My product was books, but it's the same for any product. Here is the combination of what you need:

1) Limited supply (out of print books, in my case)
2) Interesting/in demand subject matter (no other books on the subject, so no competition which allowed me to have pricing power)
3) Good condition (who wants junk?)

You could do the same for electronics with yard sales being your source of supply and amazon being your sales market channel. You'd need:
1) Good purchase price
2) Good reviews on amazon
3) Functioning product. Plug and play; people are looking for solutions, not additional work.

Anything mass produced won't sell profitably on amazon (clothing, non-branded items, perishables, jewelry, etc.)





CareCPA

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Re: What do you flip?
« Reply #46 on: June 13, 2017, 10:05:53 AM »
Well, today it happened again Fire. There is a guy that has an appliance business and I reached out to help him last night and he hasn't even acknowledged that I wrote him. Yes, he has been online, a few times. Sucks for him too because I could have lead him to be the top guy in his area. Oh well... on to the next one. I think I'll start charging. I've noticed if I try to give things away people don't want help but if I charge, people are all over it.....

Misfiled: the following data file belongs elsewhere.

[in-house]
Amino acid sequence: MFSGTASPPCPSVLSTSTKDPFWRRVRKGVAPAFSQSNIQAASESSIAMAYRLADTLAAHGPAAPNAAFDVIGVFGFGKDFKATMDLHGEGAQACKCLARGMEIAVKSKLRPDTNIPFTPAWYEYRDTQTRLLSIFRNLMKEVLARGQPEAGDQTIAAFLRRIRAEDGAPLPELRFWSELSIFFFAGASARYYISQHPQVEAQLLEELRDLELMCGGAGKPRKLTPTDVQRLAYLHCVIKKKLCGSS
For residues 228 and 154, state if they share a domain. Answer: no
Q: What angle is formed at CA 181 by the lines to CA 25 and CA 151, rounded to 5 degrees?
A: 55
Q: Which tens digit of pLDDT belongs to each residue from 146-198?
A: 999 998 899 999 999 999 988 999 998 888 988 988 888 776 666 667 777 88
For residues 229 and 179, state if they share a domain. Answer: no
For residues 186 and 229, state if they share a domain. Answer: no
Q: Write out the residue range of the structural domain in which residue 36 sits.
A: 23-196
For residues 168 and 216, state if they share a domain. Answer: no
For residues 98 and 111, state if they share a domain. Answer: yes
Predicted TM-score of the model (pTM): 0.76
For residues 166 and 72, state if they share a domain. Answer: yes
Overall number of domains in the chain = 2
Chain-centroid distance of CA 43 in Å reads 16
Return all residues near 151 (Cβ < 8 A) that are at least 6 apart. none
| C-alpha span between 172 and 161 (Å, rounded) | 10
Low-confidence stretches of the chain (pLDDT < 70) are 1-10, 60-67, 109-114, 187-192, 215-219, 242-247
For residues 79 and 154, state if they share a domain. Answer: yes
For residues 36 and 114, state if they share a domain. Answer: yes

I've seen your appliance advice on two forums now. Curious - is population a factor in whether or not appliance flipping is viable? I'm intrigued by the process, but I'm concerned my area isn't densely-populated enough.
Always happy to help with tax or accounting questions - feel free to private message me.

I am a licensed CPA in Pennsylvania. However, any tax advice I give should be considered general information and not used in the avoidance of tax. There is most likely information about your situation that I do not know, and thus you should do your own additional research.

Yes, in case it confuses you, I did change my forum name.

Alf91

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Re: What do you flip?
« Reply #47 on: June 13, 2017, 07:40:18 PM »
Book flipper here! I don't invest a ton of time/effort into it, but can easily make a few hundred bucks a month.

SC93

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Re: What do you flip?
« Reply #48 on: June 15, 2017, 09:23:01 PM »
I don't do it to eat. I do it because I got bored and it ended up being fun to me. What town do you live in? If you want, send me a private message.

CareCPA

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Re: What do you flip?
« Reply #49 on: June 19, 2017, 04:44:42 PM »
I meant it as more of a generality than it came out. I have another business I'm working on growing, and don't want to divide my time.
I just thought maybe it would help others - I assume market size plays directly into need.
Always happy to help with tax or accounting questions - feel free to private message me.

I am a licensed CPA in Pennsylvania. However, any tax advice I give should be considered general information and not used in the avoidance of tax. There is most likely information about your situation that I do not know, and thus you should do your own additional research.

Yes, in case it confuses you, I did change my forum name.